On 8 December 2014, the Chinese Ministry of Commerce Administrative Bureau (“MOFCOM”) announced that it had fined state owned Tsinghua Unigroup (“Tsinghua”) a total of 300,000 RMB after it was adjudged to have completed its acquisition of RDA Microelectronics (“RDA”) without first obtaining the required mandatory merger clearance.  On the day of the announcement, MOFCOM published the full text of it decision on its website – the first time that a decision relating to failure to file has ever been published by MOFCOM.

The decision of MOFCOM to impose a fine on Tsinghua (a state owned enterprise), despite finding that the transaction would not have an adverse effect on competition, shows that MOFCOM will strictly enforce the terms of the AML against all business operators.

Background

In August 2014, MOFCOM announced that, in accordance with the Anti Monopoly Law (“AML”) and Preliminary Regulations on the Investigation & Treatment of Failure to Report Concentration of Undertakings (the “Preliminary Regulations”), it was launching an investigation into the alleged failure of Tsinghua to declare it’s acquisition of RDA.

As part of its investigation it found that on 11 November 2013, Tsinghua signed a purchase agreement with RDA to acquire the whole share capital of RDA for the price of $907 million.  Further to this agreement, the deal was completed on 18 July 2014.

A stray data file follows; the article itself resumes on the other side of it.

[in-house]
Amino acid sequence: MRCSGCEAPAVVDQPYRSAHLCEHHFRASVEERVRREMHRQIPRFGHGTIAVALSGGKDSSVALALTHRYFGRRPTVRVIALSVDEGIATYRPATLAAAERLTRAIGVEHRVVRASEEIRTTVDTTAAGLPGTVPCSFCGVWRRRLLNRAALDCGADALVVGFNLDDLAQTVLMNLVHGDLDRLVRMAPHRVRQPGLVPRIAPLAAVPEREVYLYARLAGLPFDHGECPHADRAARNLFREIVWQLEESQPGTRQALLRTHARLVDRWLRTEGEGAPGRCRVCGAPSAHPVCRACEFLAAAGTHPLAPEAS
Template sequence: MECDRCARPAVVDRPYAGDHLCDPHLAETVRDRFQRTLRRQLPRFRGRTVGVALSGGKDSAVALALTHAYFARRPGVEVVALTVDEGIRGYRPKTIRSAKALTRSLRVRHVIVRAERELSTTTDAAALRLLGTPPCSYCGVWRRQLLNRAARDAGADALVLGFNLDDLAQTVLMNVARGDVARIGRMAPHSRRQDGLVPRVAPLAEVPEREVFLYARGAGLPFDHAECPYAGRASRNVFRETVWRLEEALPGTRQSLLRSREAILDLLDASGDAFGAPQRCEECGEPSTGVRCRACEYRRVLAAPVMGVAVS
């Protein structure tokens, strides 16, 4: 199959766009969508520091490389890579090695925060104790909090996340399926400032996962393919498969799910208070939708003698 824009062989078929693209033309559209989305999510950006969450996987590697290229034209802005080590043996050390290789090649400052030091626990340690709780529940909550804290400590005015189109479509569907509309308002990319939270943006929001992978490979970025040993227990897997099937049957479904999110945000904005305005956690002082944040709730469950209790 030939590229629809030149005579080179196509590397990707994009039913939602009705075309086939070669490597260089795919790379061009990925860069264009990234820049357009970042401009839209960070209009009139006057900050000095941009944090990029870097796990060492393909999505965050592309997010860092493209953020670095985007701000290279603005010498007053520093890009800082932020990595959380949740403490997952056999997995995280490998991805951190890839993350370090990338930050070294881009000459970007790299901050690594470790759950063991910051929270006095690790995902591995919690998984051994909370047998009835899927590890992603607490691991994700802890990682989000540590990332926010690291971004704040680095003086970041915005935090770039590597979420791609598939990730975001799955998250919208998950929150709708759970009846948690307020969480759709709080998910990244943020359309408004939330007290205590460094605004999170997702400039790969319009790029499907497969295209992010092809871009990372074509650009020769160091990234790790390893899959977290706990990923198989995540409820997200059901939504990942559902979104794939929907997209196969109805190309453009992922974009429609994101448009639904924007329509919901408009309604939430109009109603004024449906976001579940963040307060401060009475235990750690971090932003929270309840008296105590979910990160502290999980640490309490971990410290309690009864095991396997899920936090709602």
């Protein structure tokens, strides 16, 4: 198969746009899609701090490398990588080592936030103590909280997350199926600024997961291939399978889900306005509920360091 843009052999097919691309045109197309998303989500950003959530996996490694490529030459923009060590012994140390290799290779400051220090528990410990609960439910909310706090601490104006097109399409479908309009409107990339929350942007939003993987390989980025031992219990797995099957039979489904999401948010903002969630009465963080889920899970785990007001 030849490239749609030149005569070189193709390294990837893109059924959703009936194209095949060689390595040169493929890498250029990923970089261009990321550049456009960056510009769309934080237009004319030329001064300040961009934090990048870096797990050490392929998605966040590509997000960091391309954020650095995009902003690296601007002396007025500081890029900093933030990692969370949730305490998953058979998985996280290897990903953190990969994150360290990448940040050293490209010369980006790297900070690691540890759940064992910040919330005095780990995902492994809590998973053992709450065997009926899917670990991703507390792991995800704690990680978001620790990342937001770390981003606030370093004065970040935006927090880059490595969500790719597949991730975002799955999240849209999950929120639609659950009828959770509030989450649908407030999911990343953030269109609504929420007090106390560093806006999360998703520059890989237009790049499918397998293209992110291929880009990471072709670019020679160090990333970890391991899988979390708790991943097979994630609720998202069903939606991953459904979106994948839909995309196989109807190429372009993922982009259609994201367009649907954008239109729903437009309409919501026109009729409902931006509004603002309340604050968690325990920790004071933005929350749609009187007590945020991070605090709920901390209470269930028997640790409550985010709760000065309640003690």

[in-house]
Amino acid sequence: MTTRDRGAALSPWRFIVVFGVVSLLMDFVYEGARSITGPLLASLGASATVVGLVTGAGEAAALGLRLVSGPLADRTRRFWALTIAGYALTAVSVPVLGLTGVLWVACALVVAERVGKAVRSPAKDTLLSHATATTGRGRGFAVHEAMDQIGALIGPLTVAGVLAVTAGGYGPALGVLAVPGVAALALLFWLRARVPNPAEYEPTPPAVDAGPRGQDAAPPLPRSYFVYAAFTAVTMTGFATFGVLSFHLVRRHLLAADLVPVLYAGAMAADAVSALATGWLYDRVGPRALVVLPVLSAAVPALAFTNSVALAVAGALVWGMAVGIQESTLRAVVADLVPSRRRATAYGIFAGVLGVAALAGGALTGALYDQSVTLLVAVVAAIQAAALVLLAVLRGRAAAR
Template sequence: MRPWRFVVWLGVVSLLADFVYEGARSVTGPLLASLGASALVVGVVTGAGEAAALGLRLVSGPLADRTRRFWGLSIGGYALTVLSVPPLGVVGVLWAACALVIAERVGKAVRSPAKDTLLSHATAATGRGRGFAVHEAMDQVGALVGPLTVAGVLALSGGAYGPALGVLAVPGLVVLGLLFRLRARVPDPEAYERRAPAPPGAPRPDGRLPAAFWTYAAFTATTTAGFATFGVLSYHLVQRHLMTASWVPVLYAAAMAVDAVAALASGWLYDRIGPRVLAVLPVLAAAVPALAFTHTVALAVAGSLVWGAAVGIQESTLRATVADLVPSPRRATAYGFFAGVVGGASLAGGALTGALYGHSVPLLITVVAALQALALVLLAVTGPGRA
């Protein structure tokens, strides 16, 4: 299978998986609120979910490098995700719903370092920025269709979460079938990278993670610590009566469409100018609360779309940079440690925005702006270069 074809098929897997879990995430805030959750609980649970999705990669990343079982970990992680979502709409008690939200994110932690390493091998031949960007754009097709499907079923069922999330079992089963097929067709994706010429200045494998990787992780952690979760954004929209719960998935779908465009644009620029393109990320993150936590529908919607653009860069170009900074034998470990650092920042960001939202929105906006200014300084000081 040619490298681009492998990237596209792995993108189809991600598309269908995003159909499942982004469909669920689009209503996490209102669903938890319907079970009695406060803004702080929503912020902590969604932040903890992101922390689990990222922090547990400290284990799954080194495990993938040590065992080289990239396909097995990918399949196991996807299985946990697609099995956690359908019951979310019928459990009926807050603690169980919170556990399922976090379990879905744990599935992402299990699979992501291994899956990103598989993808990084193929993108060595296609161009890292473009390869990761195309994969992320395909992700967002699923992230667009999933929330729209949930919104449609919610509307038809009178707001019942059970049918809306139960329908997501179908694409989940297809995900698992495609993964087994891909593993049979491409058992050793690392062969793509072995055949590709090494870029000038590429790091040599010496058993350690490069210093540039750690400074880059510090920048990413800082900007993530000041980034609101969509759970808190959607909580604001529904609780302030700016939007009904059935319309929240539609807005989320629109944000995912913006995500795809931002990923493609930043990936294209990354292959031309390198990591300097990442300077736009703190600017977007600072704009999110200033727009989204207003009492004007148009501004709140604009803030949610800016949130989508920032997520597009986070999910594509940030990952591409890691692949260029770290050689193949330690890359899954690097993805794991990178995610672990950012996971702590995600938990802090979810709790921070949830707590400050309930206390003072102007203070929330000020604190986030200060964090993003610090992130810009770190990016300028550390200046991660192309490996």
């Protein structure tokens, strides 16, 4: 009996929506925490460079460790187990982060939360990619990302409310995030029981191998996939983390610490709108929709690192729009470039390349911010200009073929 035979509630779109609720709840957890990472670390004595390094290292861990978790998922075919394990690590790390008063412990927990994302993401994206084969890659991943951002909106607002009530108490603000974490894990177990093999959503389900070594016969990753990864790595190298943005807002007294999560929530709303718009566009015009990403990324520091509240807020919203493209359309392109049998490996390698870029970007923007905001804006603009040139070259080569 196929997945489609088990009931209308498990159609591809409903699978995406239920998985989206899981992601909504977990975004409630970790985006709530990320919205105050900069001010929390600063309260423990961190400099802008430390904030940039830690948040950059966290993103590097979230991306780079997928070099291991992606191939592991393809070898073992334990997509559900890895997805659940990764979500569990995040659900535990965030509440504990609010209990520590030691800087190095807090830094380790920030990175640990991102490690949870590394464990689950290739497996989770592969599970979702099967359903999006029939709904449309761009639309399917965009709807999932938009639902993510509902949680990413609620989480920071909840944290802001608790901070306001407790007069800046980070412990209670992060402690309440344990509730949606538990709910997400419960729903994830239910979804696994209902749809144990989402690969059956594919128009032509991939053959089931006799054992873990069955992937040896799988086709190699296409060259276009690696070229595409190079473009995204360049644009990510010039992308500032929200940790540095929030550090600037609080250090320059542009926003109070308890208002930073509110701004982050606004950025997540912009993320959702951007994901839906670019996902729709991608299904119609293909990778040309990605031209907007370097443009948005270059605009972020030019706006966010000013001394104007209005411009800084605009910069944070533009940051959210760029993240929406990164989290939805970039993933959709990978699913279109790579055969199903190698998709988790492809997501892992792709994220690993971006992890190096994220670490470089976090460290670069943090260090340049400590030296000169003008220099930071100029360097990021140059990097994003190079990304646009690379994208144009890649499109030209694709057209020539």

The AML requires transactions that meet certain financial thresholds[1] to receive clearance from MOFCOM.  These thresholds for notification were triggered due to the size of the parties’ respective turnovers and, therefore, Tsinghua’s purchase of RDA should have received up-front clearance from MOFCOM prior to the acquisition being completed.  Tsinghua’s failure to submit an application for merger clearance to MOFCOM was a direct breach of Article 21 of the AML.

MOFCOM carried out a detailed assessment of the affect on market competition of Tsinghua’s acquisition of RDA.  The results of its assessment showed that the transaction would not have the effect of eliminating or restricting competition and therefore MOFCOM decided that it was not appropriate to require the acquisition to be unwound completely and instead decided to fine Tsinghua in accordance with Articles 48 and 49 of the AML and Article 13 of the Preliminary Regulations.

Comment

This is the first time that MOFCOM has published its full decision in a case relating to failure to file.  The publication of the decision is helpful as it will inform companies of the dangers of completing transactions without seeking the necessary approvals and will also deter future violations. 

Despite the fact that MOFCOM decided not to require the unwinding of the transaction, the fact that it chose to impose a fine in this case, despite finding that the transaction would not have an adverse effect on competition, shows that MOFCOM will apply the terms of the AML strictly to all transactions.  If MOFCOM is willing to take such an approach in relation to a state owned enterprise, foreign companies with business in China should be careful not to underestimate the Chinese regulator and should treat merger filing obligations in China as seriously as they would in other jurisdictions.